Pissss -- if you don't tell her you can vacum -- I just may unless you make her a purdy

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                • #9
                  I believe as far as conservation of power goes, 230 VAC is more efficient than 115VAC. The transformers that feed our homes here in the U.S. provide us with two single phase 115VAC lines which are 180 degrees out of phase. When one of these lines is connected to a load, such as a lamp, with a neutral return, 115VAC is applied to the lamp. If both of the "hot" wires are connected to a load , such as a hot water heater, 230 VAC is applied to the heater. Transformers that step 230VAC down to 115VAC are 2 to 1 ratio transformers, therefore the current drawn in the primary winding is 2 times that drawn in the secondary. I don't know if the transformers used in Europe are 1 to 1 ratio transformers providing 230VAC to the households. If so, the current in the primary and secondary are the same, thus a conservation of energy as compared to wiring here in the U.S.. Also most devices that operate from 230VAC are more energy efficient than those which operate from 115VAC. This I'm reasonably sure of.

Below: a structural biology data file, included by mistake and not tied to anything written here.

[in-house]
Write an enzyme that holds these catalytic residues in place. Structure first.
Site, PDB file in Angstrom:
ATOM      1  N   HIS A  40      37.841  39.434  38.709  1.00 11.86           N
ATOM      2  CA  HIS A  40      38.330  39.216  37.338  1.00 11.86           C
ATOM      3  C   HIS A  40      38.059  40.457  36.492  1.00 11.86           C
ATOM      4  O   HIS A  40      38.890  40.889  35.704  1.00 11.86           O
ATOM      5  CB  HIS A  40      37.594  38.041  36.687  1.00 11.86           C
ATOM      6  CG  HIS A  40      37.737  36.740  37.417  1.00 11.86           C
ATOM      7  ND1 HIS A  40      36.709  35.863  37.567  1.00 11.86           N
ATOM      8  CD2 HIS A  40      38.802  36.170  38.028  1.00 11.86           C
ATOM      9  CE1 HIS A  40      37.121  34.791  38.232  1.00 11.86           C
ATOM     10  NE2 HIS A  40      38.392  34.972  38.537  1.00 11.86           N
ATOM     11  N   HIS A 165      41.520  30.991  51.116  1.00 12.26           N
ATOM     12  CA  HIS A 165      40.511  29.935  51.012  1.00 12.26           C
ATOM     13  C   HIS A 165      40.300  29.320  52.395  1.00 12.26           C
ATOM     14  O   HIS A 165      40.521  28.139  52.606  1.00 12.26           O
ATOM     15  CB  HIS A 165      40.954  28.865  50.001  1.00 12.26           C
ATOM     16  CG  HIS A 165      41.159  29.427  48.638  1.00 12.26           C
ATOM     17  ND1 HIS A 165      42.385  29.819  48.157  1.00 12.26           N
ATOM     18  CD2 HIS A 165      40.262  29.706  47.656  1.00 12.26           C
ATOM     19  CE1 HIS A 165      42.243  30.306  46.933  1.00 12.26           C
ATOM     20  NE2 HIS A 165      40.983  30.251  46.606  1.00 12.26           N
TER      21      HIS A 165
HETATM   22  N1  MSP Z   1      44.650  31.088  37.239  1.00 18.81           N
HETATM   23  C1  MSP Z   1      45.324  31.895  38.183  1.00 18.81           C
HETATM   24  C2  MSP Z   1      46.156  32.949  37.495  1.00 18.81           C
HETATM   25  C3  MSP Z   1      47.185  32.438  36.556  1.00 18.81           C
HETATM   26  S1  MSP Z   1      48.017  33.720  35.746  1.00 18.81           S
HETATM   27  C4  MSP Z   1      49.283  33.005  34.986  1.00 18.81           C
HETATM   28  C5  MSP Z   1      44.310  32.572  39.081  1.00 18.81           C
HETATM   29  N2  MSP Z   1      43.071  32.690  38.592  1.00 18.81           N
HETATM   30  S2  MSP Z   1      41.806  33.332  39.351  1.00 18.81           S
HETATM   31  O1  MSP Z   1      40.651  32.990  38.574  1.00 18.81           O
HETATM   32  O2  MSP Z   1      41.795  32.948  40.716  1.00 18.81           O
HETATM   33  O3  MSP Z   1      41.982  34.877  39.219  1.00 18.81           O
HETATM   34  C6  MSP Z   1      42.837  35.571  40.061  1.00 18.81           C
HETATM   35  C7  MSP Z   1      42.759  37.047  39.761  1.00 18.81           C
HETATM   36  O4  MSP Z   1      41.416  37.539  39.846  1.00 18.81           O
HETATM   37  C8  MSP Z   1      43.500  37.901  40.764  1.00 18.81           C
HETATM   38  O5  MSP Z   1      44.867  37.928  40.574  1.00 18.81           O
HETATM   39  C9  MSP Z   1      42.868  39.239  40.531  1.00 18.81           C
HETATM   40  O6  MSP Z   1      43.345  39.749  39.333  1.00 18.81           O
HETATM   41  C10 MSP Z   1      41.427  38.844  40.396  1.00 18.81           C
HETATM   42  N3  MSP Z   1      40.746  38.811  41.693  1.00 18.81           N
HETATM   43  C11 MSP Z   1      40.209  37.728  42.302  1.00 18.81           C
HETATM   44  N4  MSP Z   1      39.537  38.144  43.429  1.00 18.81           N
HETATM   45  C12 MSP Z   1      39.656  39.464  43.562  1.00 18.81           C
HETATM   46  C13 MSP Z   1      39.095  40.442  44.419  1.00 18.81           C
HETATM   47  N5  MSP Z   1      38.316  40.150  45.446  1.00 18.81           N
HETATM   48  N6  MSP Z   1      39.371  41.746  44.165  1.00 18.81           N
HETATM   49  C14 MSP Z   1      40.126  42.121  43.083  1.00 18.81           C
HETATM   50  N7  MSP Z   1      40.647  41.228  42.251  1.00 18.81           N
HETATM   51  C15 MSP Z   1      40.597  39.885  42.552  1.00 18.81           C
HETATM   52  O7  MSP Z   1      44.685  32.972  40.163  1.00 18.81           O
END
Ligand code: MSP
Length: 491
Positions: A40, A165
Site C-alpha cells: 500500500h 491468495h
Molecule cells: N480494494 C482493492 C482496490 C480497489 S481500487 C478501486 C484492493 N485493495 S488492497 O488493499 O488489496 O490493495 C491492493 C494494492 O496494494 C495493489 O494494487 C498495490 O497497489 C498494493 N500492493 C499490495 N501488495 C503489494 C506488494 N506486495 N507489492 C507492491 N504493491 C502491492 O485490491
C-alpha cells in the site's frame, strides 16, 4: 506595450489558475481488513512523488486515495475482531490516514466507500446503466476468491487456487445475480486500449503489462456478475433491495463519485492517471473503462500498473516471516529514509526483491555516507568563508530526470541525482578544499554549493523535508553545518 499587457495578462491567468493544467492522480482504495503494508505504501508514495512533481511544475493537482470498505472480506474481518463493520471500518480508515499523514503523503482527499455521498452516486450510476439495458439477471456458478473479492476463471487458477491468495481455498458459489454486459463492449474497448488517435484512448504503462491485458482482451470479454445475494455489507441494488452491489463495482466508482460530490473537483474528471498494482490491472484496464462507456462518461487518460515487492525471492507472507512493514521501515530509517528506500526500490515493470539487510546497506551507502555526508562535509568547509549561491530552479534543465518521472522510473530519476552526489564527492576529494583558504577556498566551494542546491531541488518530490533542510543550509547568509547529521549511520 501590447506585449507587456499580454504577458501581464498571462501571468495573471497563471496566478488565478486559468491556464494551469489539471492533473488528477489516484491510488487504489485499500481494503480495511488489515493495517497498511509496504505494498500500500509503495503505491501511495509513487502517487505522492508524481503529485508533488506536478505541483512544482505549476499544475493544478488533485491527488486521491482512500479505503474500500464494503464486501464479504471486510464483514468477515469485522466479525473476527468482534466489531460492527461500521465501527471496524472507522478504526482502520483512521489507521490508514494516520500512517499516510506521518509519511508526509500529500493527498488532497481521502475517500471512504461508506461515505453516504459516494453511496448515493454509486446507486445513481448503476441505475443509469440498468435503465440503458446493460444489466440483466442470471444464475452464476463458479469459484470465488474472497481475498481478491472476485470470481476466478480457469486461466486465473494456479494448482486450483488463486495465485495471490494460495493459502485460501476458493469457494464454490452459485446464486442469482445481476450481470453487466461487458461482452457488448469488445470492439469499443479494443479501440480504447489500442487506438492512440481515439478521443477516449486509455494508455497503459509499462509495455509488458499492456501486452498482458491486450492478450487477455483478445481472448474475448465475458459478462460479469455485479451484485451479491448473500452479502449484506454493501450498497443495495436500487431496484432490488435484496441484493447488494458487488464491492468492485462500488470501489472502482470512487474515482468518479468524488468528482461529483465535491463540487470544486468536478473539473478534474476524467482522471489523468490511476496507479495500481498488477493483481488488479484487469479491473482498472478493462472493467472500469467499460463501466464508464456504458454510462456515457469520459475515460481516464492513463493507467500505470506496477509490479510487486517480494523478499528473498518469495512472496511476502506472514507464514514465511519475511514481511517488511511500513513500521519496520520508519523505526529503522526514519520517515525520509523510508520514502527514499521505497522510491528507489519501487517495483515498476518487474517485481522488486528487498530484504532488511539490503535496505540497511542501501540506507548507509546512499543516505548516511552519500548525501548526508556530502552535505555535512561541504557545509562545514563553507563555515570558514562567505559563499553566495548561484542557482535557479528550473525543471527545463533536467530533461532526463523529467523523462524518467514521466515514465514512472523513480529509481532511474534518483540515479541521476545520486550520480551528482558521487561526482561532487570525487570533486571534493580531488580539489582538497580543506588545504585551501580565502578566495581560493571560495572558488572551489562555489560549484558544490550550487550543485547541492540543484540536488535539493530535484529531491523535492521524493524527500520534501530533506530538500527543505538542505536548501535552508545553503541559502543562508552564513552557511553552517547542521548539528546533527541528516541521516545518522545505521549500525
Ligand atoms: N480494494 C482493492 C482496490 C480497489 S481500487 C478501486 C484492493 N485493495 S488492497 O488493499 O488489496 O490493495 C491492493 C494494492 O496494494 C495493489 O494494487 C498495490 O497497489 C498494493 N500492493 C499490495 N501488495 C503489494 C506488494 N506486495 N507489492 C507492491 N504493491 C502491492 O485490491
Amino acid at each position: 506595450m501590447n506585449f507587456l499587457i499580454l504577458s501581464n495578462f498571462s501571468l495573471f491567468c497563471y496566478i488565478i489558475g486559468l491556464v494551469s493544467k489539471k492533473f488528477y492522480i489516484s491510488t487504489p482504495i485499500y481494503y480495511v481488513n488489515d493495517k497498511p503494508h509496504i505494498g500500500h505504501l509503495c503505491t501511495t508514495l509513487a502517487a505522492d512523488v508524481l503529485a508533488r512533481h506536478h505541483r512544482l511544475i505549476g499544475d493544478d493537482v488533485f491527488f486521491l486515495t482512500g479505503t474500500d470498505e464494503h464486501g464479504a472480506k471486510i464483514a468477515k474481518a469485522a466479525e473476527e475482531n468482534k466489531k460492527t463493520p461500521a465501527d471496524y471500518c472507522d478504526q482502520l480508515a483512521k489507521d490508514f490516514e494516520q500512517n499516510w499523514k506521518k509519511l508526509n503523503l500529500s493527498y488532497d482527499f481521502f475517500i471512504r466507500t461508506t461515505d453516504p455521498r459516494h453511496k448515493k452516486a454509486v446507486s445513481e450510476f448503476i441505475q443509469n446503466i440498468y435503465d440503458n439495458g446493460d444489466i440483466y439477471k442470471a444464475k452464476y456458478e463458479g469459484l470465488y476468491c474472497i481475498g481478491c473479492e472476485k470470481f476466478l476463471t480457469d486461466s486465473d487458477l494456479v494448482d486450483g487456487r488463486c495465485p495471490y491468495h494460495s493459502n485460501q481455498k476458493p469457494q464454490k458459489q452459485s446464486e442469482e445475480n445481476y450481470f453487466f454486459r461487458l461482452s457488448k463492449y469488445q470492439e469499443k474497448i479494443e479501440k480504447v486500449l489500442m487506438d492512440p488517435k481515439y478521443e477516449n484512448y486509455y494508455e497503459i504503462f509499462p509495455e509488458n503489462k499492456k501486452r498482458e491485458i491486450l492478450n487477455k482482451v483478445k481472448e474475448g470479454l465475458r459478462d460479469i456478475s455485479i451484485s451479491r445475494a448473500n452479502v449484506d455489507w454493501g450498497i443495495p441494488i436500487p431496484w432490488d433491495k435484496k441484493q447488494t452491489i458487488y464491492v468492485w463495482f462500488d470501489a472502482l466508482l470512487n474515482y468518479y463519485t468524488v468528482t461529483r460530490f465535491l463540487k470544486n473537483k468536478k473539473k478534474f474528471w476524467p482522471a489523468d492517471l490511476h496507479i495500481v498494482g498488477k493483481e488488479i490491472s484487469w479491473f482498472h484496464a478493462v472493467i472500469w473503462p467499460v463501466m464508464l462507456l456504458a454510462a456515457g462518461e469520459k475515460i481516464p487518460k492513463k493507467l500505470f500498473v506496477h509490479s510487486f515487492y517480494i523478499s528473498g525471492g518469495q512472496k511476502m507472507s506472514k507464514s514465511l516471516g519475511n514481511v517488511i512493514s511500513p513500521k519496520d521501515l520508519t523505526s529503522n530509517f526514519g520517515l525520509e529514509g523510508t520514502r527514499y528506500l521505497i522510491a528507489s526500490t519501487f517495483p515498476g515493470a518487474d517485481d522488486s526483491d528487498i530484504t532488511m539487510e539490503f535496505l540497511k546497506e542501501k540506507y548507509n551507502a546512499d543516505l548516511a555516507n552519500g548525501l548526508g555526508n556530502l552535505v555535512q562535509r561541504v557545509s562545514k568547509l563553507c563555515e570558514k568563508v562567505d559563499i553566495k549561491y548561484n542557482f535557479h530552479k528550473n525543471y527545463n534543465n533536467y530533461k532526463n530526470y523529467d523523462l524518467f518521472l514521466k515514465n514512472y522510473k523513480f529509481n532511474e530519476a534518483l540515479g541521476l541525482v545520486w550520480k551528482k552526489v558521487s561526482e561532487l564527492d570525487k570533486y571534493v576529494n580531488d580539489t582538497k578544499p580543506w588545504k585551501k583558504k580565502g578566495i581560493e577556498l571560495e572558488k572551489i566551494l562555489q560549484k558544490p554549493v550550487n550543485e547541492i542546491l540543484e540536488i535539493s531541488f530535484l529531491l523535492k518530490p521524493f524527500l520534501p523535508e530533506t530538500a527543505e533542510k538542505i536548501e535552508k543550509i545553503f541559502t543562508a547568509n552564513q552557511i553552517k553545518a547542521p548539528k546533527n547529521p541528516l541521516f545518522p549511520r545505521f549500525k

If it don't fit, don't force it....get a bigger hammer!!

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                  • #10
                    Long live treadle saws!

                    4000 strokes per burger.
                    Usable anywhere.
                    You can pick the treadle scroller out in a crowd.
                    They are the one with a single huge thigh.
                    CAЯL HIRD-RUTTEЯ
                    "proud member of the best scroll sawing forum on the net."